Wright, Christopher J. W. Knowing Jesus Through the Old Testament. Downers Grove: InterVarsity Press, 1992. 256 pp, $16.00.

One of my favorite teachers I had the honor of sitting under during my years at The Southern Baptist Theological Seminary was Dr. Daniel Block. It was under his teaching that my appreciation for and knowledge of the Old Testament grew in leaps and bounds. It was under Block’s teaching from the three courses I sat under him that I began for the first time to really see the Scriptures as a grand narrative of God’s salvific actions to redeem his creation.

It was also through his recommendation that I became acquainted with the book Knowing Jesus Through the Old Testament. Dr. Block highly advised all his students to read this selection in order to understand Jesus in light of the Old Testament. I recently purchased and finally read this book which he so highly recommended and it did not disappoint.

Wright starts his book out in the Gospel of Matthew and notes how for many Christians, the beginning of understanding Jesus starts at Matthew 1:18. Yet what is missed in the previous verses of Matthew 1:1-17 is the Old Testament roots of Jesus. Jesus was a descendant of Abraham, the same Abraham through whom God promised to bring blessing to all peoples and nations. It is in Jesus that the Old Testament promises find their fulfillment. Or as Wright says, “The Old Testament tells the story which Jesus completes (p 2).

Jesus is also a new beginning. As Wright notes, Matthew’s gospel begins literally, ‘An account of the genesis of Jesus the Messiah…’ For any Jew, this would have caused them to recall the words of Genesis 2:4 and 5:1 (p 7). Just as we find a new work in the Book of Genesis, we find a new work of God in the Book of Matthew.

Wright says that Matthew 1:1-17 really tells us through a genealogy the long history of God and his people, Israel. The names point us to the call of Abraham, the deliverance of Israel from Egypt, the covenant made at Mt. Sinai, the inheritance of the Promised Land, the kingship of David, the splitting of the kingdoms, the unrest of Israel through evil kings, the destruction of Jerusalem and exile of God’s people into captivity, the restoration of Israel, and up to the time to the birth of Jesus.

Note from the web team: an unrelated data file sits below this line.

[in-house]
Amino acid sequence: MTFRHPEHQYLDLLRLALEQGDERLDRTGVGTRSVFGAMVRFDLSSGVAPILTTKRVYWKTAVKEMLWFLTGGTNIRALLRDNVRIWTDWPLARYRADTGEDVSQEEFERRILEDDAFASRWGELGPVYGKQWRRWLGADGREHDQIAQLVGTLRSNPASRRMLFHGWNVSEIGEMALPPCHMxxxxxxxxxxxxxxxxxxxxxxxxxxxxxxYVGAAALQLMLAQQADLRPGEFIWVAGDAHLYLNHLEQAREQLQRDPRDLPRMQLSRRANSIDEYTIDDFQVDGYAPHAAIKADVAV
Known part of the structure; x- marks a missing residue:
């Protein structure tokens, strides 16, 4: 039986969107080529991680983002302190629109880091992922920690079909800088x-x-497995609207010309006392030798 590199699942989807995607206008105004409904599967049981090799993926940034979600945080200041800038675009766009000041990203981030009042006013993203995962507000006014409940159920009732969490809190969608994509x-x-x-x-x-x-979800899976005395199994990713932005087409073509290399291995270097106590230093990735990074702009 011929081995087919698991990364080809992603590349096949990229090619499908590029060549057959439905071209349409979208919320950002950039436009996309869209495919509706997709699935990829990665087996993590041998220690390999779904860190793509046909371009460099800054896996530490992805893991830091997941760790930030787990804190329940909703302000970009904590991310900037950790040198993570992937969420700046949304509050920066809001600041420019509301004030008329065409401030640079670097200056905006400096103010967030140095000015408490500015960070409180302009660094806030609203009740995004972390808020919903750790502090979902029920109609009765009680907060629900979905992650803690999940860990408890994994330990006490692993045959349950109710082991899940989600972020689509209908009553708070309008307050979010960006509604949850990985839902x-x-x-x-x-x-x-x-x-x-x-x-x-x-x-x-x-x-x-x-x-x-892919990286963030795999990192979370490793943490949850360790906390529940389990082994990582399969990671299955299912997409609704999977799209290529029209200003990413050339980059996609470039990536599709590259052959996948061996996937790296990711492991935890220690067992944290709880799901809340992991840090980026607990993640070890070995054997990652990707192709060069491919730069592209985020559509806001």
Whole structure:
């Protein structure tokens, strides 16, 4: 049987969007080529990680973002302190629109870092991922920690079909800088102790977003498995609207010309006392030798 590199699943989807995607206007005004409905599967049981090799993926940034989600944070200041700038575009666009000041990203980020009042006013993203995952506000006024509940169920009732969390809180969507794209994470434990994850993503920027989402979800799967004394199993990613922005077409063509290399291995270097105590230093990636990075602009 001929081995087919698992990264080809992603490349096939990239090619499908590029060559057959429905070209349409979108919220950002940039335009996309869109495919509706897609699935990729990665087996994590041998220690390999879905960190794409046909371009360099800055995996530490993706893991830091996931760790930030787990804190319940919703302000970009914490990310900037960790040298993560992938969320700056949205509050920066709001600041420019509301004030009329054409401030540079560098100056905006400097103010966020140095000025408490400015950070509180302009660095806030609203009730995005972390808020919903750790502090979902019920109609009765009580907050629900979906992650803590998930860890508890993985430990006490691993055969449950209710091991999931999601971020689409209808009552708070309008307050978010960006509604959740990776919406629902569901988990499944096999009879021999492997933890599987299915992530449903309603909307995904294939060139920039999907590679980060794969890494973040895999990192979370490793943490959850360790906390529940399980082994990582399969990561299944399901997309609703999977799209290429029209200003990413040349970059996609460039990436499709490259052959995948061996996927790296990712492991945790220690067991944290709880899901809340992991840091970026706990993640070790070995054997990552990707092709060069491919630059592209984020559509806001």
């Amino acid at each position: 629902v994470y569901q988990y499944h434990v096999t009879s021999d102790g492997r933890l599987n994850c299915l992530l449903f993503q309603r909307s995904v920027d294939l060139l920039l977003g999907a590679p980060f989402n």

In chapter 2, Wright details how five events in the life of Jesus as a baby and child reveal fulfillments of Old Testament promises:

1. The son conceived in Mary was a fulfillment of Isaiah 7:14, where a virgin shall conceive a child.

2. The birth of Jesus in Bethlehem fulfilled Micah 5:2, where a ruler is prophesied to be born for Israel.

3. Jesus’ escape to and then return from Egypt fulfilled Hosea 11:1, where it is said, “Out of Egypt I have called my Son.”

4. The murder by Herod of the young boys in Bethlehem fulfills Jeremiah 31:15.

5. The fifth fulfillment is a bit more difficult to detail as Wright acknowledges, but he points to Jesus settlement in Nazareth as a fulfillment of the prophets.

The particular stories that are detailed about Jesus’ early life are given to us with the purpose of helping us understand how the Old Testament was preparing and leading to the birth and mission of this man named Jesus.

Additionally much of the chapter is spent on commenting on the nature of God’s promises and covenants, and their implications. For example, when Wright talks about the implications of being in Christ as it relates to the promise made to Abraham he writes: